$870M in softwood aid for Canada – The federal government announced last week that it would provide close to $870 million to support Canada’s softwood lumber producers in the face of taxes imposed by the United States.
Preliminary countervailing duties were applied on 28 April. Minister of Natural Resources Jim Carr, Minister of Foreign Affairs Chrystia Freeland and Minister of International Trade François-Philippe Champagne made the announcement in Ottawa.
“This action plan delivers on our pledge to take swift and reasonable action to defend our softwood lumber industry and charts a stronger future for the workers, families and communities that depend on it,” Minister Carr said. “We are prepared to take further action, including additional loan guarantees, to address changing market conditions.”
The government’s softwood aid package will provide additional federal loans and the mentioned loan guarantees up to $500 million to forestry companies. It will also increase employment insurance for forestry workers who will lose their jobs as a result of the duties.
The U.S. Lumber Coalition expressed its dissatisfaction with the decision. Spokesperson Zoltan van Heyningen said the U.S. Commerce Department made the right decision by implementing anti-subsidy duties. “Canada continues to push back and refuses to play by the same set of rules,” he said in a statement. “We need a level playing field and must limit the flow of unfairly subsidized softwood shipments flooding the U.S. market, driving American lumber manufacturers out of business.”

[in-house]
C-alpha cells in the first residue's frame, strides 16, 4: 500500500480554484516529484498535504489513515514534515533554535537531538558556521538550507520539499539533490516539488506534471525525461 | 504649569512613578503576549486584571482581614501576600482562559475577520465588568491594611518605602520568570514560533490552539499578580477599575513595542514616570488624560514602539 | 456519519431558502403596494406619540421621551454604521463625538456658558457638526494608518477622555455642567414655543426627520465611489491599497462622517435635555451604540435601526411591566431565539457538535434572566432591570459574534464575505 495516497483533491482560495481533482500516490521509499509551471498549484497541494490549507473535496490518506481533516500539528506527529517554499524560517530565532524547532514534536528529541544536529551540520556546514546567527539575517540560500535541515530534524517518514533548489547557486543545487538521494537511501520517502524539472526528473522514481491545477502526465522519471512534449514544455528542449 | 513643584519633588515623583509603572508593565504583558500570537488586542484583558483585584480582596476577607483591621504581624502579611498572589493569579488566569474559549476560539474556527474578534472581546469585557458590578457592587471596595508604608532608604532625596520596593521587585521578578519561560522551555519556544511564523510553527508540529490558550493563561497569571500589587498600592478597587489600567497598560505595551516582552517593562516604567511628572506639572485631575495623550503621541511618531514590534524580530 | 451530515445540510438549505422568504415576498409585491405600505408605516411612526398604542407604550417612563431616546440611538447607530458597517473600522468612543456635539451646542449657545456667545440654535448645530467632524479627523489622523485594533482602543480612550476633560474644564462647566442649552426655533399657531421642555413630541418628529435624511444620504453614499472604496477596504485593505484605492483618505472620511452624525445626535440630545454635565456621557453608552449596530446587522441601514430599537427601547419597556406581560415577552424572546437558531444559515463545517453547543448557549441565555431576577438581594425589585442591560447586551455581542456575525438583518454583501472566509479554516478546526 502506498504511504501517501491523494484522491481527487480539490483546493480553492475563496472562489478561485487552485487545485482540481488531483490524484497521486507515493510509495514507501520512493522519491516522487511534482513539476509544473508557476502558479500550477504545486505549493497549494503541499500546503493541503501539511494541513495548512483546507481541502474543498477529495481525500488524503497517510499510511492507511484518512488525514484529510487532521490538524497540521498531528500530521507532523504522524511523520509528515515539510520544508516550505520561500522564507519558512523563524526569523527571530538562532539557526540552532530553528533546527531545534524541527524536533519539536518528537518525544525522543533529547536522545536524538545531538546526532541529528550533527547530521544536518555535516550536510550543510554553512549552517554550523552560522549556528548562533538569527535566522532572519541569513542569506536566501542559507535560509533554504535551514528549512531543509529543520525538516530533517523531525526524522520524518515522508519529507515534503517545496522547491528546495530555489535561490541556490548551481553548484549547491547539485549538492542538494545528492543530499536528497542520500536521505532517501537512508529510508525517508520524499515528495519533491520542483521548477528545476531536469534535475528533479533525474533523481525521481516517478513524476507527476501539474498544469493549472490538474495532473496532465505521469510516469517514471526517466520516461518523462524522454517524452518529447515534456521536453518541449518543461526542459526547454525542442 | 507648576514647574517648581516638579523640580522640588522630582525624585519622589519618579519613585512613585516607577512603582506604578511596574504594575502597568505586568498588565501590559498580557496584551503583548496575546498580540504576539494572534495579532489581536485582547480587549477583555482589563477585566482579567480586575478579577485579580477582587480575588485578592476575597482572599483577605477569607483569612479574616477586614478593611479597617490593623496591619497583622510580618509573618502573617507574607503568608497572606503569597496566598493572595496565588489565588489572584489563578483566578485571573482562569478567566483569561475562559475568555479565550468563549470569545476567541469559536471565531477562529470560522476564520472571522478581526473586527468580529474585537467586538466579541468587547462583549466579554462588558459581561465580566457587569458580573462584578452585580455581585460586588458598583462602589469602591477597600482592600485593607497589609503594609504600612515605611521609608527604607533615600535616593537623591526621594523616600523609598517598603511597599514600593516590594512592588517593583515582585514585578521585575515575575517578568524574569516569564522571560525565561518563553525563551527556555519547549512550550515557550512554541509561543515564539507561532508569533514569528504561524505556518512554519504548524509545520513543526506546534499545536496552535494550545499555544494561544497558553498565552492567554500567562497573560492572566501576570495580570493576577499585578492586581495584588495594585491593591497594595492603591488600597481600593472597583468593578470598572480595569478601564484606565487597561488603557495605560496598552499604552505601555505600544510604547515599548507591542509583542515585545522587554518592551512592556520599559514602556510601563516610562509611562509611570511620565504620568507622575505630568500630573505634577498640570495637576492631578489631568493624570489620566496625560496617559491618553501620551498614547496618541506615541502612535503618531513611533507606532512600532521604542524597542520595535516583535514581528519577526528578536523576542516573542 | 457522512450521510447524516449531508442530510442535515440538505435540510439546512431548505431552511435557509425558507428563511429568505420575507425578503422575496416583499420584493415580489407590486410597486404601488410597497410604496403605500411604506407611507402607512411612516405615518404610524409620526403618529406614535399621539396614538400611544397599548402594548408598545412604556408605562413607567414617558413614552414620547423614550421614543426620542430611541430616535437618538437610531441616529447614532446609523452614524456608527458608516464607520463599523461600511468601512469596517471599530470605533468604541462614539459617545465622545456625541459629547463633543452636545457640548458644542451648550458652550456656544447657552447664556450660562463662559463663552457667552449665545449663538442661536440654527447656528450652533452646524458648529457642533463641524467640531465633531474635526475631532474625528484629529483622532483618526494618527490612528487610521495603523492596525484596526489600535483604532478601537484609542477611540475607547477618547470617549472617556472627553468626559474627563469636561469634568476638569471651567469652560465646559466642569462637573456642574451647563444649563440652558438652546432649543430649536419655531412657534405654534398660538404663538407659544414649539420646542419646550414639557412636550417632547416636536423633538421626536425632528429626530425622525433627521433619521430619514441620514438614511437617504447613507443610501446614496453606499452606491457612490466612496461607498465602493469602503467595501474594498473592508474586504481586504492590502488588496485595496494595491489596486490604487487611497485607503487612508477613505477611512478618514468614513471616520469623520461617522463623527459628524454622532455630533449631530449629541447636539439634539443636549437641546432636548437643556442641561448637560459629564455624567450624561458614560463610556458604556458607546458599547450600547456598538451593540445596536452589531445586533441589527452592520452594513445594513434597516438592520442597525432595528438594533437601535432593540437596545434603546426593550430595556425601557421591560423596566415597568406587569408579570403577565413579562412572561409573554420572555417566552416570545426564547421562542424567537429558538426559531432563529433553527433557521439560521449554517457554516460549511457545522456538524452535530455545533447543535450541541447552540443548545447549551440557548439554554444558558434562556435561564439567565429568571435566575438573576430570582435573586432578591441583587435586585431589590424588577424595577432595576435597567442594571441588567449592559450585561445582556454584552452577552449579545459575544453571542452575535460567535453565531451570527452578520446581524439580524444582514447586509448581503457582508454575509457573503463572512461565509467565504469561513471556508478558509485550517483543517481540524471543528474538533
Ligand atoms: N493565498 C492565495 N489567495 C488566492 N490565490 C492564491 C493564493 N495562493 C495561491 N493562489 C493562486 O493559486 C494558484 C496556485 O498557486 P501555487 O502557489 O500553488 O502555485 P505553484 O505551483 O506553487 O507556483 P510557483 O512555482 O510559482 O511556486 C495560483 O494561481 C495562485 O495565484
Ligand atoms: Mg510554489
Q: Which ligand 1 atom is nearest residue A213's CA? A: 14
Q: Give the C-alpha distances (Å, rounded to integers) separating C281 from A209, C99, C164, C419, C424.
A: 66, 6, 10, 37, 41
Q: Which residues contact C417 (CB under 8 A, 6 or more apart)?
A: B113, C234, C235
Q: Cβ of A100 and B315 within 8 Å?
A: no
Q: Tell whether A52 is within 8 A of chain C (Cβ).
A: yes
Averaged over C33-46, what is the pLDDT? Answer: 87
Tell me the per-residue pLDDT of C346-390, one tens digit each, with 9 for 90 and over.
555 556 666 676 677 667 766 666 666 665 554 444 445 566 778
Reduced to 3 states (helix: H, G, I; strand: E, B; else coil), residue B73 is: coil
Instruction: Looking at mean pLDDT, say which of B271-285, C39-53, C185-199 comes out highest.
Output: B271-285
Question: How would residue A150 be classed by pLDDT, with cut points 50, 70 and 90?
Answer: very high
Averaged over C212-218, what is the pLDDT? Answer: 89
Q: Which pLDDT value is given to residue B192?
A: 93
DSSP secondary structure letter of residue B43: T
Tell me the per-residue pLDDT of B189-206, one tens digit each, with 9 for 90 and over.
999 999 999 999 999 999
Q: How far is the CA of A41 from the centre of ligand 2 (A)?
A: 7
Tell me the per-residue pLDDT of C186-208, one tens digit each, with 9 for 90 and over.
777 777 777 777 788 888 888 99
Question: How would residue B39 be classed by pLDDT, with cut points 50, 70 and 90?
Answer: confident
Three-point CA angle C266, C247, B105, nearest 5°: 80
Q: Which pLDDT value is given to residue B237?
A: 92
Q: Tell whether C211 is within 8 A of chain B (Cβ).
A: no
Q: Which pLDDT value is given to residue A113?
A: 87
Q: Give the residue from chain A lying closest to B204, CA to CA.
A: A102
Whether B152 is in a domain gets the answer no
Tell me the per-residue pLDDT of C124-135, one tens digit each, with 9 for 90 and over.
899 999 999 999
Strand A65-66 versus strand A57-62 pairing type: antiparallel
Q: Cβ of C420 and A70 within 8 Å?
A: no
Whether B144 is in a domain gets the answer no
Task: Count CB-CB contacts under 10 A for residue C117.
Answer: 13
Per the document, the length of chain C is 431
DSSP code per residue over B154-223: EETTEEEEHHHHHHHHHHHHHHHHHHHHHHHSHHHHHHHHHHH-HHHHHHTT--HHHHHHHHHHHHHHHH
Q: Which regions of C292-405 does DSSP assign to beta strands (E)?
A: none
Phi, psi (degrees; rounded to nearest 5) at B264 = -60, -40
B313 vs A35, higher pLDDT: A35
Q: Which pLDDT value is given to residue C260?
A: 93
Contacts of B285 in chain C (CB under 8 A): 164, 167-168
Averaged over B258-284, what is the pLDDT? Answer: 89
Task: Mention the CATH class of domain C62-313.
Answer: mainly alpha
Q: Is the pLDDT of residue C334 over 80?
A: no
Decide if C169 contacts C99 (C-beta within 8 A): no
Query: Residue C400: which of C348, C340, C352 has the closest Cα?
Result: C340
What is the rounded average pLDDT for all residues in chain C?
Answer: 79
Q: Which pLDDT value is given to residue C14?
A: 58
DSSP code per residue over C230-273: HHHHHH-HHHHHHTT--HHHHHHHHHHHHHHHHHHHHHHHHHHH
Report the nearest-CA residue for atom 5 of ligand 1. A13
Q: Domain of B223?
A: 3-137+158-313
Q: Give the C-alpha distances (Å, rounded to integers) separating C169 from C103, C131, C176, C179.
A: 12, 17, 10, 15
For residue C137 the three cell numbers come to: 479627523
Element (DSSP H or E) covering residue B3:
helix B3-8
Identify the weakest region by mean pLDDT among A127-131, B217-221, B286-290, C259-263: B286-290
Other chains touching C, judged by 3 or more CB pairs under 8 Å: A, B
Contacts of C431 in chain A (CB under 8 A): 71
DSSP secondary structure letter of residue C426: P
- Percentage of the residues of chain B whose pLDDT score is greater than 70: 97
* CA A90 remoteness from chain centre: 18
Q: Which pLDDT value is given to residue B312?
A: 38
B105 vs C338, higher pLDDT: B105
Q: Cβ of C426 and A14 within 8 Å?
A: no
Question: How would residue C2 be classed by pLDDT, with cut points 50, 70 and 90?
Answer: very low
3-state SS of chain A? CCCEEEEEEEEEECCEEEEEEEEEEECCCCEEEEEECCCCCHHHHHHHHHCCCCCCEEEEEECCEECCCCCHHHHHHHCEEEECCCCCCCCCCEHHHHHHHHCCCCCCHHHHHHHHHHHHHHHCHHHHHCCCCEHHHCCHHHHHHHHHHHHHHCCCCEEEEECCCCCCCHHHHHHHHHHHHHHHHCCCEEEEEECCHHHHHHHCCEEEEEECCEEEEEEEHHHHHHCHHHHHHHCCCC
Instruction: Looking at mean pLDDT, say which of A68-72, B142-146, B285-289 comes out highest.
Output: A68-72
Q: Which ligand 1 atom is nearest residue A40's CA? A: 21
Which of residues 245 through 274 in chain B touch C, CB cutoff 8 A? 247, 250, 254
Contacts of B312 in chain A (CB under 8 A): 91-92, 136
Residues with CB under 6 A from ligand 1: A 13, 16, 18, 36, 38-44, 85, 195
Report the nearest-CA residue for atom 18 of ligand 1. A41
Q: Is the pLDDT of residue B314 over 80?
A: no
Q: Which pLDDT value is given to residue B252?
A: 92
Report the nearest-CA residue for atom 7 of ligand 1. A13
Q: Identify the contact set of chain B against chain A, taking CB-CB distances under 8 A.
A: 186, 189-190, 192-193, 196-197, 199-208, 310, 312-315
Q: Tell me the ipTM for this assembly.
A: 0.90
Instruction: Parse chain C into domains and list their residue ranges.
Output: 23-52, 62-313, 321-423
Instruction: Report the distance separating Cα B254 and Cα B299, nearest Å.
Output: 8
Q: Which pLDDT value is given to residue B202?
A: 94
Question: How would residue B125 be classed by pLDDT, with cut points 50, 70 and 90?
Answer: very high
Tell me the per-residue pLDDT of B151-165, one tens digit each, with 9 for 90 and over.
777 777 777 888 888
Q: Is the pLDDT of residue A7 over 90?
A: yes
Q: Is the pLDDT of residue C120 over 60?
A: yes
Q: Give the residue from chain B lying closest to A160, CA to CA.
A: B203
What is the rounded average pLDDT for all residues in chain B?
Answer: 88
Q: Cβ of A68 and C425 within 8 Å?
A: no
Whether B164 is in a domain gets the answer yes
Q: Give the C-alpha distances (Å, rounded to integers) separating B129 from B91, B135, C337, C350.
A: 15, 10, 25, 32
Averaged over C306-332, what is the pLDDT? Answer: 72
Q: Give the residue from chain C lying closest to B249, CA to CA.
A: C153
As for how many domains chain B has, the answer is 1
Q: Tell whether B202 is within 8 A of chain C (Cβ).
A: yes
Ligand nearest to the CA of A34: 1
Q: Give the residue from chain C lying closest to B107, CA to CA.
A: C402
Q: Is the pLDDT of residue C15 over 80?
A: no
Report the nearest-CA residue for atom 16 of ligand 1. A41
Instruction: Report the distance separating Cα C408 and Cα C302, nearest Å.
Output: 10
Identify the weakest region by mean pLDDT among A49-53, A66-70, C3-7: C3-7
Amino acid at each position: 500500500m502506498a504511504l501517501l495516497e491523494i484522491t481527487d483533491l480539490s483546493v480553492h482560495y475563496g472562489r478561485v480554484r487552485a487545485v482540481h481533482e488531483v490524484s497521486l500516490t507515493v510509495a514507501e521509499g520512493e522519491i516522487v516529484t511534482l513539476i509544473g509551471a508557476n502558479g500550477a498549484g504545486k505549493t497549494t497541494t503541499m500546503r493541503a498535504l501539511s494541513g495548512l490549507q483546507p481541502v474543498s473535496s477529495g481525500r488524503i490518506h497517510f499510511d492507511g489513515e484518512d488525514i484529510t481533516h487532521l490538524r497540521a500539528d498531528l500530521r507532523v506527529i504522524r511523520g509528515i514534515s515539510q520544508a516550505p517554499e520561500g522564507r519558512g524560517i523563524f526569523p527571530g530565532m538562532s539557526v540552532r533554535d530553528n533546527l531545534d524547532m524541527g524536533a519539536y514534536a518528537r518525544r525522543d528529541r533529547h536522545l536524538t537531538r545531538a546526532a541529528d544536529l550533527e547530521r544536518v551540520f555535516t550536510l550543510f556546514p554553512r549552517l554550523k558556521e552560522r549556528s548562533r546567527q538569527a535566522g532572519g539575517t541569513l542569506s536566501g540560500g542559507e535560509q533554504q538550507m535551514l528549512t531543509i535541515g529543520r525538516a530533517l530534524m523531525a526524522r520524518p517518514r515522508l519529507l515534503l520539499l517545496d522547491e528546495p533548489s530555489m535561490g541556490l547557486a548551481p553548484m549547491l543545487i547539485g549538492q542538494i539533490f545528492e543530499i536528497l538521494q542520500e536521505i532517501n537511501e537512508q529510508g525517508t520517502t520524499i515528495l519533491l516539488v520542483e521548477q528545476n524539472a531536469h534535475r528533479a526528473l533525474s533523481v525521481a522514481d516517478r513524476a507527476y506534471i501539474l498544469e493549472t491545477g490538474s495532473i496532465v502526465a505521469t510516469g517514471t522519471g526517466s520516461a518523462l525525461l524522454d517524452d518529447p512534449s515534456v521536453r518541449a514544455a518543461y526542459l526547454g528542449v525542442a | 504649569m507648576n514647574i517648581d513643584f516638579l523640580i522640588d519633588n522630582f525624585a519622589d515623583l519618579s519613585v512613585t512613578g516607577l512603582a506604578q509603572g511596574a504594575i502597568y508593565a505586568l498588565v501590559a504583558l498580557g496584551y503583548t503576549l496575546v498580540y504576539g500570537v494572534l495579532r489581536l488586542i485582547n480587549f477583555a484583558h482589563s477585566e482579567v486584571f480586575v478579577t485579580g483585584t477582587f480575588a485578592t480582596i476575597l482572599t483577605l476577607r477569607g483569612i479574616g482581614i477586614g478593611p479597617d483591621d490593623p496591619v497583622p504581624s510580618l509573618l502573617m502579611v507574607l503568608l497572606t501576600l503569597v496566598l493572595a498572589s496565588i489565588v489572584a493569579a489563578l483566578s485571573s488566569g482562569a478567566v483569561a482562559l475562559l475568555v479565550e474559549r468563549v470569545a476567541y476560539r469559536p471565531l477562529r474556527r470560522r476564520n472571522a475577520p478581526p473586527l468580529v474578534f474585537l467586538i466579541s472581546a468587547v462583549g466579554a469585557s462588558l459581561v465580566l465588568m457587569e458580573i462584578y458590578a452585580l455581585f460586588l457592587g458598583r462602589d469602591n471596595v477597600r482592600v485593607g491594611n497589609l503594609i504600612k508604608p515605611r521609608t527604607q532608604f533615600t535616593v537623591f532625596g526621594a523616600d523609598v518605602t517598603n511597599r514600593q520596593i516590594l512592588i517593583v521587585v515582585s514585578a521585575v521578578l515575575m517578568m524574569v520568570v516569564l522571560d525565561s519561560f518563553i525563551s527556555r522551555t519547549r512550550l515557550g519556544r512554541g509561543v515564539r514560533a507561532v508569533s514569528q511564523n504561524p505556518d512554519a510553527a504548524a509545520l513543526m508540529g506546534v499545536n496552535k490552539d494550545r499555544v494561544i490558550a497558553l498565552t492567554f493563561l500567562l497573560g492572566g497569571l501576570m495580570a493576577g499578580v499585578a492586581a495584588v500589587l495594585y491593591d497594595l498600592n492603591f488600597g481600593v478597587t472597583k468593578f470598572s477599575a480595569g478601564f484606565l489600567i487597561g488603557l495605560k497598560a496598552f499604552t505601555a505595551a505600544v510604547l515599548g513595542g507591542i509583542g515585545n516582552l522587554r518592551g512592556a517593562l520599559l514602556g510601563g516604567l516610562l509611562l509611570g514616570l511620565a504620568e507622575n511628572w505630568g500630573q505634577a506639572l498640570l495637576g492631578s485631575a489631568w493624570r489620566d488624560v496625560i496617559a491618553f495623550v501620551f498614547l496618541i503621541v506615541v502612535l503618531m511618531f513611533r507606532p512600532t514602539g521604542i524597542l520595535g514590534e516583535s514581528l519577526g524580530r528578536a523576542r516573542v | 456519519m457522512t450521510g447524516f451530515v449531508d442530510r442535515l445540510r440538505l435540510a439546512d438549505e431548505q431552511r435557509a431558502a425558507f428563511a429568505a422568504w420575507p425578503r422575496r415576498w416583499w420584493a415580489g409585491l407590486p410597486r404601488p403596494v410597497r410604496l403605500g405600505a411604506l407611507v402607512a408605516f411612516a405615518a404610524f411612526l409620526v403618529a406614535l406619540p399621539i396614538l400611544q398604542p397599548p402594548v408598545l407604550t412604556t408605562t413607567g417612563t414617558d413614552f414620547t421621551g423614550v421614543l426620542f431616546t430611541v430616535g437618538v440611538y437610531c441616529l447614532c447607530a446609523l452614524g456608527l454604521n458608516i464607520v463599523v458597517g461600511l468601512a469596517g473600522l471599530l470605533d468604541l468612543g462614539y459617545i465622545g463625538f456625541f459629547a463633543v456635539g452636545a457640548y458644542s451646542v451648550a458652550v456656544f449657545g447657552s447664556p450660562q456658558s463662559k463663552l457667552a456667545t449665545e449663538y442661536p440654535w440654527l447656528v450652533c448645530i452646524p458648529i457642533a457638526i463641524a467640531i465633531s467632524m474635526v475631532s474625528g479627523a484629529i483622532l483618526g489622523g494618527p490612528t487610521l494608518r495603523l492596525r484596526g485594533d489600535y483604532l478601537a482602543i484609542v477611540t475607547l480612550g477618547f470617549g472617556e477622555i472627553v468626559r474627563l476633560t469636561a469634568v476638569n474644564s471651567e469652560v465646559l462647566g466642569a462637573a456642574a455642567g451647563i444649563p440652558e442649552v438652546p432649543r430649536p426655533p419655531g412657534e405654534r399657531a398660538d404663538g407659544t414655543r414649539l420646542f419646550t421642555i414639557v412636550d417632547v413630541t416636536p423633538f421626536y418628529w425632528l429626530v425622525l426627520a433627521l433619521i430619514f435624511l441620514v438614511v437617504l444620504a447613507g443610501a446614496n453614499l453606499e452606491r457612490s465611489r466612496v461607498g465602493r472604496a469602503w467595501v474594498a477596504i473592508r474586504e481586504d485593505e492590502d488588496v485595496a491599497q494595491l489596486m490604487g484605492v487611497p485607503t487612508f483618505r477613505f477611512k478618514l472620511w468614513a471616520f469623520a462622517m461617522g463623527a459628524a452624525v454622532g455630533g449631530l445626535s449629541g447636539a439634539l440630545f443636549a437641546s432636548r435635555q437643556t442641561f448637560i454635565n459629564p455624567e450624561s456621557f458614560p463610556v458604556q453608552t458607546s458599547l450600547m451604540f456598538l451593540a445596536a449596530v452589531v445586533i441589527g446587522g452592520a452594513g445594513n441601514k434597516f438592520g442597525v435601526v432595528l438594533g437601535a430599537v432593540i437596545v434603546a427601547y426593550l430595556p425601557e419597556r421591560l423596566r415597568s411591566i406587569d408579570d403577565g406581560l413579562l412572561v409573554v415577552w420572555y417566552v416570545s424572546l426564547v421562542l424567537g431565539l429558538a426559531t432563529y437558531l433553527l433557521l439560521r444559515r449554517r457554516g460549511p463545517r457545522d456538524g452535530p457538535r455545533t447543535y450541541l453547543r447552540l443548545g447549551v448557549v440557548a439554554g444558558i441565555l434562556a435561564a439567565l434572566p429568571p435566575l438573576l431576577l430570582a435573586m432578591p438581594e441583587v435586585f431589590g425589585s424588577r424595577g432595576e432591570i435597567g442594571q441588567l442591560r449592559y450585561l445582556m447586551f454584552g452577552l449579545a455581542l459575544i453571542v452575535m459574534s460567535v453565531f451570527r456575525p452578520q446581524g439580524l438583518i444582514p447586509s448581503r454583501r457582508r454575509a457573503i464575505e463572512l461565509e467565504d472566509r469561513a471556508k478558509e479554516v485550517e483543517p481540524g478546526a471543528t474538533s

The U.S. Lumber Coalition claims that more than 350,000 American jobs would be threatened if softwood duties were not imposed on Canadian producers. The Coalition first filed its petition to the Commerce Department in November 2016.
In a contrast to the Coalition’s response, reactions to the news from Canadian forestry groups have exuded gratitude and optimism. “The Federal Government’s renewed support for innovation in the forest sector will deliver tangible benefits in the emerging bio-based economy and to Indigenous communities dependent on the sector,” said Pierre Lapointe, president and chief executive officer of FPInnovations.
“This announcement will further develop markets for wood construction and de-risk innovative research of the next generation of technologies, processes and products thereby assuring the economic future of hundreds of communities and an environmentally sustainable forest sector,” Lapointe said.
The forest industry accounted for $22 billion of Canada’s GDP in 2016. Most of Canada’s softwood lumber exports go to the U.S., with more than 50 per cent coming from B.C.